Is racing taken seriously by insurers? I got a ticket for racing
and speeding -- 75 in a 45, in North Carolina. What type of
penalties will I get, and will my insurance go up? My friend said
my auto premiums would skyrocket.
: Yes, street racing is a big deal, as you are likely to find out
when you go to court for your ticket and get your next bill for car
Auto insurance companies and state laws treat racing, speed
contests/competitions or exhibitions of speed (basically the same
offense but different names depending upon where you live) as
. In fact, depending upon state laws and your auto insurance policy
terms, it's possible that if there were an accident while you were
racing your car insurance company could deny claims.
I've seen policies that have exclusions under the
bodily injury liability
, property damage liability,
, underinsured motorist,
accident death benefits
and collision coverage portions saying if the loss were the result
of racing there would be no coverage.
So racing is illegal, and racing is risky, and racing may even
cancel out your coverage. But what will a conviction do to your
Typically your rates can rise anywhere from 30 percent to 200
percent, depending on your insurer and your state's laws.
You live in North Carolina, which has a safe driver incentive
plan (SDIP) in place so the state dictates how many insurance
points you receive and the percentage your auto rates will
increase. Under this system your rates will indeed skyrocket if you
are convicted of racing.
Your insurer will assign 12 SDIP points, the maximum given out
for any offense, for prearranged racing and 10 SDIP points if
you're convicted instead of willful racing. According to the SDIP
system, willful racing will raise your auto insurance rates 260
percent, while prearranged racing will push your rates up an
incredible 340 percent.
The difference in the two types of racing, in North Carolina, is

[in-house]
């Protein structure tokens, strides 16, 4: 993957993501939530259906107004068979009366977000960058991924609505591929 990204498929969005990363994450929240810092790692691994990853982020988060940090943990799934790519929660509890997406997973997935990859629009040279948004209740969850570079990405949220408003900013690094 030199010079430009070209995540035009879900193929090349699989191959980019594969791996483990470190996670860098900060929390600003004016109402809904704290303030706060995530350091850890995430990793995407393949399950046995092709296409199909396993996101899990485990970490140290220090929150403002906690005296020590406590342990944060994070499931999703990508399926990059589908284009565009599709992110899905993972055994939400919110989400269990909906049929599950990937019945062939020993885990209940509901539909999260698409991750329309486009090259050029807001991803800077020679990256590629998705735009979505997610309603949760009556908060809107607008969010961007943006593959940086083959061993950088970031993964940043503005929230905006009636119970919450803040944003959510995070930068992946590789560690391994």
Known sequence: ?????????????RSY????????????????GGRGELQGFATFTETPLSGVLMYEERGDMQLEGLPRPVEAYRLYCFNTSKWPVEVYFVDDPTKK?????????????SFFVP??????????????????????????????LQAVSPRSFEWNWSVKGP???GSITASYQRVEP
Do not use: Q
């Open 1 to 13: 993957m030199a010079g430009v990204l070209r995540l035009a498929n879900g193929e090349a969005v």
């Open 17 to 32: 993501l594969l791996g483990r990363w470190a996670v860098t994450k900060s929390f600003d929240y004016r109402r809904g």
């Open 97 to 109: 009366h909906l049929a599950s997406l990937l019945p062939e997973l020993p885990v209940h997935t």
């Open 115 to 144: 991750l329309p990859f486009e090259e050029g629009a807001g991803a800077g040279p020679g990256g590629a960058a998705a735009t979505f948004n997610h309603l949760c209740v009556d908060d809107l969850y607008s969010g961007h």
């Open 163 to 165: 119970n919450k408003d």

that prearranged racing means you planned the race beforehand and
willful racing means you spontaneously raced someone; both come
with a mandatory court appearance since they are misdemeanors and
could come with jail time (per Section 20-141.3 of the North
Carolina General Statutes).
Jail time isn't typically handed out, but a fine, which is up to
the discretion of the court for prearranged racing and up to $1,000
for willful racing, along with a license suspension are the usual
penalties for racing in your state. You might want to get a
lawyer, though. (See, "Fight a car-insurance-busting
North Carolina has no problem suspending or revoking a
motorist's license. For just your speeding offense alone (75 in a
45) you could get your license revoked for 30 days. But the racing
will most definitely get your license suspended by the Department
of Motor Vehicles, which says they take your license as soon as
they receive the conviction report from the court for the
Prearranged racing with another motor vehicle comes with a year
license suspension of three years. Willful racing comes with a
license suspension of up to one year; the length is determined by
Also, when law enforcement finds that someone is operating a
motor vehicle willfully in prearranged racing (or has loaned their
car for racing), the officer will seize the vehicle. The DMV says
if you are convicted of the offense, the court can order the
vehicle sold at public auction.
While racing off the line at a red light might be enticing,
don't let the temptation get the best of you. You can lose your
license and your car from this one act -- and place yourself into
such a high-risk insurance category that it will be hard for you to
find auto insurance that you can afford. (See "What a big
ticket does to your insurance rates")